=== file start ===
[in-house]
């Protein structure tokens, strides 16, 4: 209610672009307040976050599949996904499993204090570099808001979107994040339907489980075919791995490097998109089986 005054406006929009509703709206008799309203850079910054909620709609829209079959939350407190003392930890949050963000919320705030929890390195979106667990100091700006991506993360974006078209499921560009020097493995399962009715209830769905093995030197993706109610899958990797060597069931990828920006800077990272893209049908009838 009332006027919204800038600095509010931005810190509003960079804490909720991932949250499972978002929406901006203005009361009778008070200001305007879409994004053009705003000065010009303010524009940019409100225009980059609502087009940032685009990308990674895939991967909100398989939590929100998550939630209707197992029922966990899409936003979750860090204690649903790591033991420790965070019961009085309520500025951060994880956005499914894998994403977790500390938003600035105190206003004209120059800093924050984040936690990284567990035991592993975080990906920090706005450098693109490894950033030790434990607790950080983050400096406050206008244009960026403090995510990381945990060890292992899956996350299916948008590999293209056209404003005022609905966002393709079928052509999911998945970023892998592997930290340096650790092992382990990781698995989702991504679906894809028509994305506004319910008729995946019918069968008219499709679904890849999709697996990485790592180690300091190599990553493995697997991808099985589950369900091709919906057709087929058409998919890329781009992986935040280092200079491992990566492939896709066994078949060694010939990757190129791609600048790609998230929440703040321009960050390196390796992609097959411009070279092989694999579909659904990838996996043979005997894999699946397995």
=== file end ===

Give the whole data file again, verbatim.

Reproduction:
[in-house]
């Protein structure tokens, strides 16, 4: 209610672009307040976050599949996904499993204090570099808001979107994040339907489980075919791995490097998109089986 005054406006929009509703709206008799309203850079910054909620709609829209079959939350407190003392930890949050963000919320705030929890390195979106667990100091700006991506993360974006078209499921560009020097493995399962009715209830769905093995030197993706109610899958990797060597069931990828920006800077990272893209049908009838 009332006027919204800038600095509010931005810190509003960079804490909720991932949250499972978002929406901006203005009361009778008070200001305007879409994004053009705003000065010009303010524009940019409100225009980059609502087009940032685009990308990674895939991967909100398989939590929100998550939630209707197992029922966990899409936003979750860090204690649903790591033991420790965070019961009085309520500025951060994880956005499914894998994403977790500390938003600035105190206003004209120059800093924050984040936690990284567990035991592993975080990906920090706005450098693109490894950033030790434990607790950080983050400096406050206008244009960026403090995510990381945990060890292992899956996350299916948008590999293209056209404003005022609905966002393709079928052509999911998945970023892998592997930290340096650790092992382990990781698995989702991504679906894809028509994305506004319910008729995946019918069968008219499709679904890849999709697996990485790592180690300091190599990553493995697997991808099985589950369900091709919906057709087929058409998919890329781009992986935040280092200079491992990566492939896709066994078949060694010939990757190129791609600048790609998230929440703040321009960050390196390796992609097959411009070279092989694999579909659904990838996996043979005997894999699946397995």